What they’re really exceptional at is generating “offers,” introducing new ideas into scenes in rapid succession, though they’re only okay at accepting those offers with full gusto. For example, in the tiki swingers party, Jones (playing the woman who set up the volunteer and his fiance) introduced the idea that the buffet contained the cinnamon challenge. When some of his castmates tried it and failed to produce an active reaction (a re-offer), Jones immediately suggested that the cinnamon is actually roofies. That kind of snap thinking keeps improv moving, no matter what the actual content is, and so it is a great sign that this group will continue to generate guffaws.
The structured, death methodology prediction format, comprising the vast majority of the night, is wildly successful. It’s loose enough to give the cast plenty to riff on but focused enough that the bits feel interrelated and called back on. We Know How You Die may even join ASSSSCAT! as a preferred format for UCB. But even with the lengthy interview and a vigorous plumbing of its material, the show has a short second act to make it the requisite “I got my money’s worth” 90 minutes.
It’s just a regular improv game, riffing off a piece of advice to an audience member when they were younger, but with the twist of being able to refer back to gags in the first act. It’s fun, to be sure, and it shows off this cast’s chops in a more traditional improvisational setting (Ratliff excels particularly here). But the structure was an obvious anchor for them, and their performance feels at sea without it. The second act is much looser than the first, feeling less like a unique, top class take on improv and more like your average, though professional, Friday night improv jam. Give me an extra couple of scenes in the first act, and maybe I’d be more satisfied with a shorter night. I might have felt differently if the interviewee was less interesting and been glad for the safety valve.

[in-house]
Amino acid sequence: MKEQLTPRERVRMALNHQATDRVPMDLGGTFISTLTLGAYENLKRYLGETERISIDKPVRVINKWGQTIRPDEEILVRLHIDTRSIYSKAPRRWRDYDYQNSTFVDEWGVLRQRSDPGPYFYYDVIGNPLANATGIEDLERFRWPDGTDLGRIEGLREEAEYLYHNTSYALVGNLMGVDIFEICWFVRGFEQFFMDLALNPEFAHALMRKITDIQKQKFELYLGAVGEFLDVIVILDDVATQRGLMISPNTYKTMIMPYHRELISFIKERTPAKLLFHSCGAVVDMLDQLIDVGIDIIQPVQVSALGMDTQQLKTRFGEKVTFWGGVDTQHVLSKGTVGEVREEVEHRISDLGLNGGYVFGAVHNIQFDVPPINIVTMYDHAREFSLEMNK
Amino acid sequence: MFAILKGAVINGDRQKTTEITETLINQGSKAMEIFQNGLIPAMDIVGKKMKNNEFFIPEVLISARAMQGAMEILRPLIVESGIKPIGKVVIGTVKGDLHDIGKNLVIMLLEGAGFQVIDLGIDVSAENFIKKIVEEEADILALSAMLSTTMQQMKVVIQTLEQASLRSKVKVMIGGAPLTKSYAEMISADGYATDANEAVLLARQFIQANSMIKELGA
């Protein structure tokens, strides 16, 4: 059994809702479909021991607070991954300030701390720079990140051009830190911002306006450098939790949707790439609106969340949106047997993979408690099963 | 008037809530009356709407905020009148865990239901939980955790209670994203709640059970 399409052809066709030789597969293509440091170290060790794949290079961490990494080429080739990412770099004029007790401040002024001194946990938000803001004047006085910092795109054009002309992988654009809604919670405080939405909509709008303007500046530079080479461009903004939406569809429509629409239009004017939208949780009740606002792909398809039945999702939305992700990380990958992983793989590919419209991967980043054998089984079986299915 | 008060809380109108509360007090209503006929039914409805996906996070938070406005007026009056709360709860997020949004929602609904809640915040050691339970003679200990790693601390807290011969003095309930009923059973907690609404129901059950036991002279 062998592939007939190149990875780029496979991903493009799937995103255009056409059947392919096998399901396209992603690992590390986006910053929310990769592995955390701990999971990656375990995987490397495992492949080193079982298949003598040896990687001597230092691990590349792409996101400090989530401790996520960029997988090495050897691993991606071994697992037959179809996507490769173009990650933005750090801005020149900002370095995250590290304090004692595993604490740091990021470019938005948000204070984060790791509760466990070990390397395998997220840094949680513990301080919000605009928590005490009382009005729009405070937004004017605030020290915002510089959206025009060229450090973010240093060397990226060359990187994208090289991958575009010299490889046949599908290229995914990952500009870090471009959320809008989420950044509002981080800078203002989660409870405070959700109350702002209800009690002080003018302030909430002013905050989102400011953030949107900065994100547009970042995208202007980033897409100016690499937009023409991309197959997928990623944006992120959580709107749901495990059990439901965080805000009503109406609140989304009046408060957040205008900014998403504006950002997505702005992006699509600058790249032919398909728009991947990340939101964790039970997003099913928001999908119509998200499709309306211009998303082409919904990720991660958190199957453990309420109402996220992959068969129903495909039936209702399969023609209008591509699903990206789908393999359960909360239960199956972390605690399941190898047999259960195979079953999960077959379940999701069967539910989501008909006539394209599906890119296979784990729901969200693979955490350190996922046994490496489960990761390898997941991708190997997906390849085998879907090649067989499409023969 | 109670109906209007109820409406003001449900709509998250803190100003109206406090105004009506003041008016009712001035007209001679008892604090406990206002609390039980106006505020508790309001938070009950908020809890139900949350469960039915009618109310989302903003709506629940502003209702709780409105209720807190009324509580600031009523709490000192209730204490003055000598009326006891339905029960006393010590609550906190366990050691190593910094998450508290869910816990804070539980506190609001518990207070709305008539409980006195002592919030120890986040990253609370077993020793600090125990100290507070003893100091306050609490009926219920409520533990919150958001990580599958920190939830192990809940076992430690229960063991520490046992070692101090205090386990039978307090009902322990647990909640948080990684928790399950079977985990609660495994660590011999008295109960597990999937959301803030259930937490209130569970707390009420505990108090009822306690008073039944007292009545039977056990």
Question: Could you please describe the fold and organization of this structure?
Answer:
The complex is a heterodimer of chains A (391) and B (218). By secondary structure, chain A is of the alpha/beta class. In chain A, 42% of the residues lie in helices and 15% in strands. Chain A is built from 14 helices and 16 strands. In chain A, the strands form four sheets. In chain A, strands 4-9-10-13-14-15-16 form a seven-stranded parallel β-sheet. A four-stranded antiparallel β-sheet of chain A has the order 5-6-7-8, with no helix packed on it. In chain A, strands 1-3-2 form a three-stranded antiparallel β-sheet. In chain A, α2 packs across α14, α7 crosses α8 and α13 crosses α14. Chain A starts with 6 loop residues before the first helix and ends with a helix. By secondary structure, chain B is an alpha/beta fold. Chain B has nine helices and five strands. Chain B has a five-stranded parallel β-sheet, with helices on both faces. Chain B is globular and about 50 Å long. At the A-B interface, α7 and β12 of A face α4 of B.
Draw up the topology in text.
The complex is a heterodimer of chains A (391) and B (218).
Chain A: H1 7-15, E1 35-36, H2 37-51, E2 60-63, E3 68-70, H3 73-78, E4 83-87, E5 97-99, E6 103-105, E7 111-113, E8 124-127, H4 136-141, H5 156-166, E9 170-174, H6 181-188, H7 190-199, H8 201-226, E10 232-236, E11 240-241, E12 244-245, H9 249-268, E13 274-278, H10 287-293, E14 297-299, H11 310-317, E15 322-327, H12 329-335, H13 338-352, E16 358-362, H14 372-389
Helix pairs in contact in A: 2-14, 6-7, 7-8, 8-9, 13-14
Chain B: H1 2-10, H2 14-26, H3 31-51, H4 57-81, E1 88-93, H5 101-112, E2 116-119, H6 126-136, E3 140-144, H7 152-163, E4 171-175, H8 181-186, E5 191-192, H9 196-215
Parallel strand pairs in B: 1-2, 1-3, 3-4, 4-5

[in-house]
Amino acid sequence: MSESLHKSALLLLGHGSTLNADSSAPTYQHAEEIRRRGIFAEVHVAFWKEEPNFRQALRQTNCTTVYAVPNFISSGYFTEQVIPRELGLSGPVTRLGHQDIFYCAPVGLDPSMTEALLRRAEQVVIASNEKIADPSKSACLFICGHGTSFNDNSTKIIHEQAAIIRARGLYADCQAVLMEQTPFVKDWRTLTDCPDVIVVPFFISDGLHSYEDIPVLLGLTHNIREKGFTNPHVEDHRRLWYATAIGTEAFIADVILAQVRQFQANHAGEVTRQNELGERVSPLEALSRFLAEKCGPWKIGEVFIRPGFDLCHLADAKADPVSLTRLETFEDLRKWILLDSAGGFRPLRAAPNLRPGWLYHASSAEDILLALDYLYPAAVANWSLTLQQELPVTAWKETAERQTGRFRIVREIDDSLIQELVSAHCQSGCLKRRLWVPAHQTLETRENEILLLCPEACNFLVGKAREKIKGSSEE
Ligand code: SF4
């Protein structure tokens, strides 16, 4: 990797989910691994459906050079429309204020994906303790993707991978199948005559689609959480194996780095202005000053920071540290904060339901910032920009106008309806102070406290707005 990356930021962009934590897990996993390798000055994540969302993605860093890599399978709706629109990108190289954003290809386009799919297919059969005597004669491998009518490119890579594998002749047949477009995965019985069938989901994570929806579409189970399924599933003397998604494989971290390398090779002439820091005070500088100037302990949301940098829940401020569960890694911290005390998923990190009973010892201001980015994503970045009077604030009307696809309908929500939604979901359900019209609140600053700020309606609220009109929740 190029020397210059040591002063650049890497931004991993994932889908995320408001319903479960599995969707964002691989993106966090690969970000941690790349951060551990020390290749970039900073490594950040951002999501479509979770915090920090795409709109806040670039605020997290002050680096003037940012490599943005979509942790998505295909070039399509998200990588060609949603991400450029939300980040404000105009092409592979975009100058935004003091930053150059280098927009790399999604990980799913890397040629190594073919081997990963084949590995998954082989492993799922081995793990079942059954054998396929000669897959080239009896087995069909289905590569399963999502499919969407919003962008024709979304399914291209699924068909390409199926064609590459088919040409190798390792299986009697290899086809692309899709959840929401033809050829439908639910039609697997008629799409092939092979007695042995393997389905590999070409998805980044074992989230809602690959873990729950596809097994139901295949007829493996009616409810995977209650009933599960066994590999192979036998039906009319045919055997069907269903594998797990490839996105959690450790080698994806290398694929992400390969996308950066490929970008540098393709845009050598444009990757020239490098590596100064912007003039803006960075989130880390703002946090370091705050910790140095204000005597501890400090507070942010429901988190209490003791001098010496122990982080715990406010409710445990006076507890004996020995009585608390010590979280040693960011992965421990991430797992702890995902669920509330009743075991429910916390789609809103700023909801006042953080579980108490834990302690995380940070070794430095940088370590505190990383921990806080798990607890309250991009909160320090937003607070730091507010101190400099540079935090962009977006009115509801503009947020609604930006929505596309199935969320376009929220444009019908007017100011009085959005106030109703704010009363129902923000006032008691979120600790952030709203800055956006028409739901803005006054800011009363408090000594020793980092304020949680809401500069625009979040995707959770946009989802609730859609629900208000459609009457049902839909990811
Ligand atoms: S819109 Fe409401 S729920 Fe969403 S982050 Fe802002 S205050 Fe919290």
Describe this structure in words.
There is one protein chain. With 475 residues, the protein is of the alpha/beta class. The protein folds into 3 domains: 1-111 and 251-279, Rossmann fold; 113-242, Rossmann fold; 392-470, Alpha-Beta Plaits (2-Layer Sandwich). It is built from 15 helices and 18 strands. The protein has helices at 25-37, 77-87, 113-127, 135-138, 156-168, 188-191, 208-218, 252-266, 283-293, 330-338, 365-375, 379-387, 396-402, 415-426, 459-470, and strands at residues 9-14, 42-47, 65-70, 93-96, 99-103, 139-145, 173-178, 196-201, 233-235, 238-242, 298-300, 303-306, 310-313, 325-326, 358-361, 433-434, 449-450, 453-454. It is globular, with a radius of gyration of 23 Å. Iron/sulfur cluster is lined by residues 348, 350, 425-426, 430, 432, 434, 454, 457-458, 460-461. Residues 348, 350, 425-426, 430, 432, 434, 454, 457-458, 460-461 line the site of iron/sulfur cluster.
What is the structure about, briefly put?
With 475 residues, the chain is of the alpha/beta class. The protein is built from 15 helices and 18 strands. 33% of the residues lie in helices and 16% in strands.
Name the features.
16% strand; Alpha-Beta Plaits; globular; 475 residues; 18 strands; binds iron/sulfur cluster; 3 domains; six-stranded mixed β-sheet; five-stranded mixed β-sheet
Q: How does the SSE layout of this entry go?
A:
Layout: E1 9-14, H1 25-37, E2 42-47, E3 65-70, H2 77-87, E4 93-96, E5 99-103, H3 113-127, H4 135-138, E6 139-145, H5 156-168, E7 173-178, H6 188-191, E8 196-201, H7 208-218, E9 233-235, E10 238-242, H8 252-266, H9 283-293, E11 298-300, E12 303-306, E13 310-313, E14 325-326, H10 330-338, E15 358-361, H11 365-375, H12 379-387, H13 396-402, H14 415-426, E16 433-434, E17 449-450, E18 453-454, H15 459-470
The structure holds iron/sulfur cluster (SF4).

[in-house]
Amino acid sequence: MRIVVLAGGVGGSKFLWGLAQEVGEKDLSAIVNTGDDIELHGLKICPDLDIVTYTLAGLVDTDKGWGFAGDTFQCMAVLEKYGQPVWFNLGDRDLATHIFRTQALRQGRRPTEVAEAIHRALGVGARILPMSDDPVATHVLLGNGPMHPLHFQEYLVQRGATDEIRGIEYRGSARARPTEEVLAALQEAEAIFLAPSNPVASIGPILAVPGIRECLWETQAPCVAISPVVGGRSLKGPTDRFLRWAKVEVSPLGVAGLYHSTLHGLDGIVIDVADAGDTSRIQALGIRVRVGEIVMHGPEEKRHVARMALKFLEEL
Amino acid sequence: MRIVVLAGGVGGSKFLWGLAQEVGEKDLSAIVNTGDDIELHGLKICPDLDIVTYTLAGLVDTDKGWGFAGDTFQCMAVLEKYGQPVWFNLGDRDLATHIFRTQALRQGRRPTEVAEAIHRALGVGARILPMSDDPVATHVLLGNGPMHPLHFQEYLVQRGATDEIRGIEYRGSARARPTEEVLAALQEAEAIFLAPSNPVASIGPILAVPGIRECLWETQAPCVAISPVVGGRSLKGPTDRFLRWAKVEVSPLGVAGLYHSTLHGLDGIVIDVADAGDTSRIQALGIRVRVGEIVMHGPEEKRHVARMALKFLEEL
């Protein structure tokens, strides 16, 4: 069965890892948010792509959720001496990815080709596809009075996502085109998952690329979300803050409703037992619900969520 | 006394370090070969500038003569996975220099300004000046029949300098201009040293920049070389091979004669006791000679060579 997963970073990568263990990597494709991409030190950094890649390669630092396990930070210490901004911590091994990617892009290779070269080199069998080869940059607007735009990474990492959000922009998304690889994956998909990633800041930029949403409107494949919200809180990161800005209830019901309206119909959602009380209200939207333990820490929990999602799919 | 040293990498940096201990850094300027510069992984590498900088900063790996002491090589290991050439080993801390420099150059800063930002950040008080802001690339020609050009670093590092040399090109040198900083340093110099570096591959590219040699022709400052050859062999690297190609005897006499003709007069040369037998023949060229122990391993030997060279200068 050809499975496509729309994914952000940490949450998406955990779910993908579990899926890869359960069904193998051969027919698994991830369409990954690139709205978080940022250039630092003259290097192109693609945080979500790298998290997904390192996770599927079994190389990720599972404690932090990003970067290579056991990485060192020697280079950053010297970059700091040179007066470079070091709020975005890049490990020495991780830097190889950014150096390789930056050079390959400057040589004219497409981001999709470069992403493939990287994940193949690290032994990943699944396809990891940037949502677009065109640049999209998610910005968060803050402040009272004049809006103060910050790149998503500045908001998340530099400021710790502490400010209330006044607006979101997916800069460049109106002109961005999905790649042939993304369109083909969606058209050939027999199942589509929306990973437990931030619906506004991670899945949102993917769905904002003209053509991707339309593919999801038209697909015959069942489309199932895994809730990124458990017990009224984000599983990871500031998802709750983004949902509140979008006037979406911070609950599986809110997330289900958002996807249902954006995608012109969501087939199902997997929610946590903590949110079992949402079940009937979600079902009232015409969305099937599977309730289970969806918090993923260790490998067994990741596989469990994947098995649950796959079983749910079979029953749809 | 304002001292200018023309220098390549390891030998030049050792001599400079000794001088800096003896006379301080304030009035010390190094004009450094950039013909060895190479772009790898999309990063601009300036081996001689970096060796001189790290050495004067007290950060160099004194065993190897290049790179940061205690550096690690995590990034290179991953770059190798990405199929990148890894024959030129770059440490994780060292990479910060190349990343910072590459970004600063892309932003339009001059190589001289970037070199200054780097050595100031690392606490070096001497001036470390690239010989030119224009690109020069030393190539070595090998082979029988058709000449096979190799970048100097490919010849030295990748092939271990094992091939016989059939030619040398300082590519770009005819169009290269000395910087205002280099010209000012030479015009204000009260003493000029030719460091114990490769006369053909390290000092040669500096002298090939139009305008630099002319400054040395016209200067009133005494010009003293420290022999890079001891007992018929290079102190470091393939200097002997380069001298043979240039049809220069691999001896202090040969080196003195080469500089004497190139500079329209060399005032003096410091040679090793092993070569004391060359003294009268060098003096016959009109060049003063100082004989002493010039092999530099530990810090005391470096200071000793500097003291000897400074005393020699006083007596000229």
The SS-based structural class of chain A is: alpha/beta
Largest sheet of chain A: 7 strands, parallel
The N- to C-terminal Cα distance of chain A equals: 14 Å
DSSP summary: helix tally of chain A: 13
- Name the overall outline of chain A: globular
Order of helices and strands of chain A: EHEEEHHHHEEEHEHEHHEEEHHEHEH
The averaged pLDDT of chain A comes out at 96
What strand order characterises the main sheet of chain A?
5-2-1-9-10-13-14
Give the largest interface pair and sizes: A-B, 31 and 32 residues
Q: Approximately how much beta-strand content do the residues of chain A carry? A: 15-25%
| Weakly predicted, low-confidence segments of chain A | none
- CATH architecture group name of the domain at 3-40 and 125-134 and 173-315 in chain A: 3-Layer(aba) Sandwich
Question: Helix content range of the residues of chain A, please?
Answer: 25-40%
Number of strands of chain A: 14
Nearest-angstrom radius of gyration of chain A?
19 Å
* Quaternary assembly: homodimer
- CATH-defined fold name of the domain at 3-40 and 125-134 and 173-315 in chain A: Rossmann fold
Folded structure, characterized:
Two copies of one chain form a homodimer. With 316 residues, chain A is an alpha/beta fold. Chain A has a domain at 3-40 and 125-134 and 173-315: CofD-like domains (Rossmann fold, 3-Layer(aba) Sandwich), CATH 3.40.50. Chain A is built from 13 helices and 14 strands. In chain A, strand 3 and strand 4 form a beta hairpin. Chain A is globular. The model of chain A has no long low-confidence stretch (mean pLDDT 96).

We Know How You Die deserves big props in general, from the high and unusually even quality of the actors to the flexible yet well-structured premise. The technique behind the show’s improv is sound and gives every indication that their funniness is no fluke. Most importantly, We Know How You Die has the most important characteristic of improvisational theater: rewatchability. So, if you plan on seeing We Know How You Die (and you should see it), my only question is: do you have room for one more?
We Know How You Die by The Upright Citizen’s Brigade Theatre. Featuring Shannon O’Neill, Brandon Scott Jones, Connor Ratliff, and Molly Thomas. Set Design: Scott Little . Lighting Design: Aaron Waxman . Stage Manager: Cody Whitfield . Produced by Woolly Mammoth Theatre Company . Reviewed by Alan Katz.